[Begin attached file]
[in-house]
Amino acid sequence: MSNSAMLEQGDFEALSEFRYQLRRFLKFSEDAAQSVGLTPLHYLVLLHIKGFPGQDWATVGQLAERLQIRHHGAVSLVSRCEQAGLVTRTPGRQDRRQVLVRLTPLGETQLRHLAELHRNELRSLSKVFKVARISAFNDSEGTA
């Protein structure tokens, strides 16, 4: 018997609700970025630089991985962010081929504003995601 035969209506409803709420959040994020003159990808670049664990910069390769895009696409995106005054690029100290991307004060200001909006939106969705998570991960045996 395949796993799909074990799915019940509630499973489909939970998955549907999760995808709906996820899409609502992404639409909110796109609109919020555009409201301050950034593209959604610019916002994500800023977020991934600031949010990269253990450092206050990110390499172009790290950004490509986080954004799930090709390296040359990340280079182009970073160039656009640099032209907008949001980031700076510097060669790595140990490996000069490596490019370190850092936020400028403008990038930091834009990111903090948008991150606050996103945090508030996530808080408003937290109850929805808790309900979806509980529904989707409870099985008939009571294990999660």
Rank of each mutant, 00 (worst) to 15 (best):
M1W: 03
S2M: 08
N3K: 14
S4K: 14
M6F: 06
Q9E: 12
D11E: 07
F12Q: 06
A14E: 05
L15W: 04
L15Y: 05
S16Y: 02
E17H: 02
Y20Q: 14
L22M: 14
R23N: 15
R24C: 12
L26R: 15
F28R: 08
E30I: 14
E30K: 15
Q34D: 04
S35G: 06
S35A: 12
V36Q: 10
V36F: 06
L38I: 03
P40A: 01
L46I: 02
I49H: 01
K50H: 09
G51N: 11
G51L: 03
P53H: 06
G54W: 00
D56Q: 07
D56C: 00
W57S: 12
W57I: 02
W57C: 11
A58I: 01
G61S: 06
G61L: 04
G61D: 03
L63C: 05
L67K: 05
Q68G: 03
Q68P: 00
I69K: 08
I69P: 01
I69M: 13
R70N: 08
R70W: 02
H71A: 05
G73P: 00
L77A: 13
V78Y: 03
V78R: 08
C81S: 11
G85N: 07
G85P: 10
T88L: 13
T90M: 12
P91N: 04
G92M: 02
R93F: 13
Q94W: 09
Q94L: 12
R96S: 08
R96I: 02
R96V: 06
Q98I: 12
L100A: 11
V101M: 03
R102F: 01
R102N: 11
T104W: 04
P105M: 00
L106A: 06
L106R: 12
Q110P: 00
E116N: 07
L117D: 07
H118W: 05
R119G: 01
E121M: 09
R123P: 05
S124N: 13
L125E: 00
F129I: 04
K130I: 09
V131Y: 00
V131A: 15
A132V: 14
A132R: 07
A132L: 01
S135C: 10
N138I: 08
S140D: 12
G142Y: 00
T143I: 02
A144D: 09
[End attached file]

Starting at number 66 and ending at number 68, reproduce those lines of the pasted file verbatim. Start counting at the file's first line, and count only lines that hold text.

T88L: 13
T90M: 12
P91N: 04